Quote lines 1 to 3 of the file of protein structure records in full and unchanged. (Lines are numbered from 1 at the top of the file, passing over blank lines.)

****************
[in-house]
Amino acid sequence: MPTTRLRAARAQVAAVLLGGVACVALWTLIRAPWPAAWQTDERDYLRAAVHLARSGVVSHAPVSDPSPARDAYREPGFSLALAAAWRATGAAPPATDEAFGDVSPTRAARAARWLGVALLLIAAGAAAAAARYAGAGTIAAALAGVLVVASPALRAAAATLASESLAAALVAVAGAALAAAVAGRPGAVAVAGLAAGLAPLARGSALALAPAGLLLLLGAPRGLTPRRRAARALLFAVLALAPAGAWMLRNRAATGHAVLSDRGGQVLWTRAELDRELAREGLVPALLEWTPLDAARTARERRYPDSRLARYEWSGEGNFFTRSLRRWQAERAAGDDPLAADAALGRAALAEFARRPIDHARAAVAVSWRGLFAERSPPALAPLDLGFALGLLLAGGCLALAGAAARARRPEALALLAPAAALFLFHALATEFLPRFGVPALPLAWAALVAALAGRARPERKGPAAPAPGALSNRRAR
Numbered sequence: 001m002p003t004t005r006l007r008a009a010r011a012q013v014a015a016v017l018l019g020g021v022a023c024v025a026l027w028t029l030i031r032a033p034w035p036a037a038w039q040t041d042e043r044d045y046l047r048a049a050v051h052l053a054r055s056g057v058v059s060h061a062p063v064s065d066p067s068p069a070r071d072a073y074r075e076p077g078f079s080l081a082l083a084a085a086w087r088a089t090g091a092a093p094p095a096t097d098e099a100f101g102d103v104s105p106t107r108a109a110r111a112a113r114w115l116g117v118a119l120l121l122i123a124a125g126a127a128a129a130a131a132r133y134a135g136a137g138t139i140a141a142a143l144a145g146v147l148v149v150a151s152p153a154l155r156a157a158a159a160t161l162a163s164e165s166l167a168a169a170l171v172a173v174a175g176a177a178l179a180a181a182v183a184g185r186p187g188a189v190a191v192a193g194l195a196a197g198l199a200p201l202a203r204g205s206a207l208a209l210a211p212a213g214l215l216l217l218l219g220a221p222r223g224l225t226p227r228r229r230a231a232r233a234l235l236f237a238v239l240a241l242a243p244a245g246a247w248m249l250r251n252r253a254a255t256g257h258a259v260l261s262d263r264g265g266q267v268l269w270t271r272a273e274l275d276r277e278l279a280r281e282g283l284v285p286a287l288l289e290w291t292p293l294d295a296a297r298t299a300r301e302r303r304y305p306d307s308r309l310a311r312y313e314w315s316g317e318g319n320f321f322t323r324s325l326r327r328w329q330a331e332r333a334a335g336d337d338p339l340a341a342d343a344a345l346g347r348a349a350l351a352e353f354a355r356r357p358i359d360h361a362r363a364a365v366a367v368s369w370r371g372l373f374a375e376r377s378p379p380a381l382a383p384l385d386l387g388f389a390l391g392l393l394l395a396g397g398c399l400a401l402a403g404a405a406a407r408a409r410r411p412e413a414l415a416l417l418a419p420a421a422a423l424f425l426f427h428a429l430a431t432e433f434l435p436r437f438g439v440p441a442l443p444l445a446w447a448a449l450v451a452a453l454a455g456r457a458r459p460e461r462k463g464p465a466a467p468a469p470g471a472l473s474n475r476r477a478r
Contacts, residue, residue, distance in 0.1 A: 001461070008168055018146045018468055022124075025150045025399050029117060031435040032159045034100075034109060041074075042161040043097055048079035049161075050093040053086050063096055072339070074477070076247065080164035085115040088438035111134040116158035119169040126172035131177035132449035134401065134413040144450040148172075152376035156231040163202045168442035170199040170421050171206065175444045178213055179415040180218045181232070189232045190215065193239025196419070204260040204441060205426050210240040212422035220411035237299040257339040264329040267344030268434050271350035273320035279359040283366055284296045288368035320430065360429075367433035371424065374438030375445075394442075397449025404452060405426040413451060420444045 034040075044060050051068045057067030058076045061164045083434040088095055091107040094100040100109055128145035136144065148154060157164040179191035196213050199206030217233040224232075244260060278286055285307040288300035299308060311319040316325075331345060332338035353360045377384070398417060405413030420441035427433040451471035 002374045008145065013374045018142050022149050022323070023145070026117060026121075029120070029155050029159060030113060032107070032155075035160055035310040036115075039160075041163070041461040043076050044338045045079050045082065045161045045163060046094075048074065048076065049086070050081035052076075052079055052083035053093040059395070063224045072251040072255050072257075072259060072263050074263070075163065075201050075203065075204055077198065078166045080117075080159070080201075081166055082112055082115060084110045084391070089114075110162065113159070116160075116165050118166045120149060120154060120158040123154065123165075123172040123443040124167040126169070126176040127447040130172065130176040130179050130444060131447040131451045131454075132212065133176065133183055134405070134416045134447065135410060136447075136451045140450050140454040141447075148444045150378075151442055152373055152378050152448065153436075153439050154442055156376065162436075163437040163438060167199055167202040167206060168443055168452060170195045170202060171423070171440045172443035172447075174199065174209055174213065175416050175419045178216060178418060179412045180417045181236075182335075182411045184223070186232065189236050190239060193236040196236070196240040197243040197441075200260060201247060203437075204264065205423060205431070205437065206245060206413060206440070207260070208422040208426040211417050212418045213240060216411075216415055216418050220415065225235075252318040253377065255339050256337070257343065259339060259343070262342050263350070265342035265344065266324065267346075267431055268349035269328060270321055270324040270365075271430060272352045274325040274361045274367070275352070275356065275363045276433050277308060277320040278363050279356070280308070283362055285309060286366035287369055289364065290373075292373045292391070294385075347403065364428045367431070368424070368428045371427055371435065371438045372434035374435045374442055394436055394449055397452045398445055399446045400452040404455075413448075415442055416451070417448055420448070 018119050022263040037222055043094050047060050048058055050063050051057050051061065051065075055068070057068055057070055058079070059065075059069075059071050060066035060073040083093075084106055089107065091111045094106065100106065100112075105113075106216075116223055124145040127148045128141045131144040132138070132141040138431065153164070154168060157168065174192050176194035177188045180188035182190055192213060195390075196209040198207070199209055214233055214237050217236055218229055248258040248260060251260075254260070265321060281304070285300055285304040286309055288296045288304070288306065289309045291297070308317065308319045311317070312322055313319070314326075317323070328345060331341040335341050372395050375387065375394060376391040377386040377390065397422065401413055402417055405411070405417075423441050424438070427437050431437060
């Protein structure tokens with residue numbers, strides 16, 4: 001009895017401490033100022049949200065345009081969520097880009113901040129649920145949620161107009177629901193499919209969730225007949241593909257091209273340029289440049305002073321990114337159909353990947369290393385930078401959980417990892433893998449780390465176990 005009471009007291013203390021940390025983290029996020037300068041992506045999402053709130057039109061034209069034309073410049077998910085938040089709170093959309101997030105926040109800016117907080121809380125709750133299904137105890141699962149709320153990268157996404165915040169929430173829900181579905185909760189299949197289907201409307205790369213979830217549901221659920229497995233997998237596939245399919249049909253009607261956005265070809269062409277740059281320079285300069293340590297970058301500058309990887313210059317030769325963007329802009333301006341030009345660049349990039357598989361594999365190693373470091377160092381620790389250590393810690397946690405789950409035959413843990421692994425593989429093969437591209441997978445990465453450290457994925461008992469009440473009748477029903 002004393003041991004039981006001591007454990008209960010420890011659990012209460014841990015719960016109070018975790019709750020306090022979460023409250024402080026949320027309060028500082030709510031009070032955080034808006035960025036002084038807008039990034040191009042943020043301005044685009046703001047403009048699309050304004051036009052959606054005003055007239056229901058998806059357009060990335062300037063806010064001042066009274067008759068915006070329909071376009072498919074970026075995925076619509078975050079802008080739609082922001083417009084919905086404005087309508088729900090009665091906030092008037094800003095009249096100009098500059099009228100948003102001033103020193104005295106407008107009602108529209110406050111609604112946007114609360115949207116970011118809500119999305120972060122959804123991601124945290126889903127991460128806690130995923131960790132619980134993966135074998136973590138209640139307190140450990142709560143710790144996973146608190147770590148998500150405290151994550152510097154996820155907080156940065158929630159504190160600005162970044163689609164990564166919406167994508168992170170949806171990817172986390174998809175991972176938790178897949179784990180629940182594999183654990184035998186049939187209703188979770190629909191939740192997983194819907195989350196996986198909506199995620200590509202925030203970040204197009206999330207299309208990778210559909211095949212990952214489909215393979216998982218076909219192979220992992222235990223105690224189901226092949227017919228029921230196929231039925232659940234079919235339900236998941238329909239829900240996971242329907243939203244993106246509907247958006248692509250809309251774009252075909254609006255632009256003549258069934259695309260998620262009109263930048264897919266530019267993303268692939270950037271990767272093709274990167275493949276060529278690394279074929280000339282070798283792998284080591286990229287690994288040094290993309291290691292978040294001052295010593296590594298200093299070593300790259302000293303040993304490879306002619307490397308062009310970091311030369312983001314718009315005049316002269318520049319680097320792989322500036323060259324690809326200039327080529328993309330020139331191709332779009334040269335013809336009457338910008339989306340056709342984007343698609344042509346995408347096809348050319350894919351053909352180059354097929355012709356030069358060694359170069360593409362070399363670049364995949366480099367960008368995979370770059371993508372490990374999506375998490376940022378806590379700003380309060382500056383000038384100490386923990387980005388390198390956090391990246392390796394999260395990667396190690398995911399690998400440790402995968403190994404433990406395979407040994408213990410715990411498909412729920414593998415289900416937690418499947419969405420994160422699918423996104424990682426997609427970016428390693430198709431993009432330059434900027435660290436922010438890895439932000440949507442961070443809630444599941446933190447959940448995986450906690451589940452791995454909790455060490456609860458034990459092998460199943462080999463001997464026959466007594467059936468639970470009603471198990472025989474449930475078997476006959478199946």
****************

[in-house]
Amino acid sequence: MPTTRLRAARAQVAAVLLGGVACVALWTLIRAPWPAAWQTDERDYLRAAVHLARSGVVSHAPVSDPSPARDAYREPGFSLALAAAWRATGAAPPATDEAFGDVSPTRAARAARWLGVALLLIAAGAAAAAARYAGAGTIAAALAGVLVVASPALRAAAATLASESLAAALVAVAGAALAAAVAGRPGAVAVAGLAAGLAPLARGSALALAPAGLLLLLGAPRGLTPRRRAARALLFAVLALAPAGAWMLRNRAATGHAVLSDRGGQVLWTRAELDRELAREGLVPALLEWTPLDAARTARERRYPDSRLARYEWSGEGNFFTRSLRRWQAERAAGDDPLAADAALGRAALAEFARRPIDHARAAVAVSWRGLFAERSPPALAPLDLGFALGLLLAGGCLALAGAAARARRPEALALLAPAAALFLFHALATEFLPRFGVPALPLAWAALVAALAGRARPERKGPAAPAPGALSNRRAR
Numbered sequence: 001m002p003t004t005r006l007r008a009a010r011a012q013v014a015a016v017l018l019g020g021v022a023c024v025a026l027w028t029l030i031r032a033p034w035p036a037a038w039q040t041d042e043r044d045y046l047r048a049a050v051h052l053a054r055s056g057v058v059s060h061a062p063v064s065d066p067s068p069a070r071d072a073y074r075e076p077g078f079s080l081a082l083a084a085a086w087r088a089t090g091a092a093p094p095a096t097d098e099a100f101g102d103v104s105p106t107r108a109a110r111a112a113r114w115l116g117v118a119l120l121l122i123a124a125g126a127a128a129a130a131a132r133y134a135g136a137g138t139i140a141a142a143l144a145g146v147l148v149v150a151s152p153a154l155r156a157a158a159a160t161l162a163s164e165s166l167a168a169a170l171v172a173v174a175g176a177a178l179a180a181a182v183a184g185r186p187g188a189v190a191v192a193g194l195a196a197g198l199a200p201l202a203r204g205s206a207l208a209l210a211p212a213g214l215l216l217l218l219g220a221p222r223g224l225t226p227r228r229r230a231a232r233a234l235l236f237a238v239l240a241l242a243p244a245g246a247w248m249l250r251n252r253a254a255t256g257h258a259v260l261s262d263r264g265g266q267v268l269w270t271r272a273e274l275d276r277e278l279a280r281e282g283l284v285p286a287l288l289e290w291t292p293l294d295a296a297r298t299a300r301e302r303r304y305p306d307s308r309l310a311r312y313e314w315s316g317e318g319n320f321f322t323r324s325l326r327r328w329q330a331e332r333a334a335g336d337d338p339l340a341a342d343a344a345l346g347r348a349a350l351a352e353f354a355r356r357p358i359d360h361a362r363a364a365v366a367v368s369w370r371g372l373f374a375e376r377s378p379p380a381l382a383p384l385d386l387g388f389a390l391g392l393l394l395a396g397g398c399l400a401l402a403g404a405a406a407r408a409r410r411p412e413a414l415a416l417l418a419p420a421a422a423l424f425l426f427h428a429l430a431t432e433f434l435p436r437f438g439v440p441a442l443p444l445a446w447a448a449l450v451a452a453l454a455g456r457a458r459p460e461r462k463g464p465a466a467p468a469p470g471a472l473s474n475r476r477a478r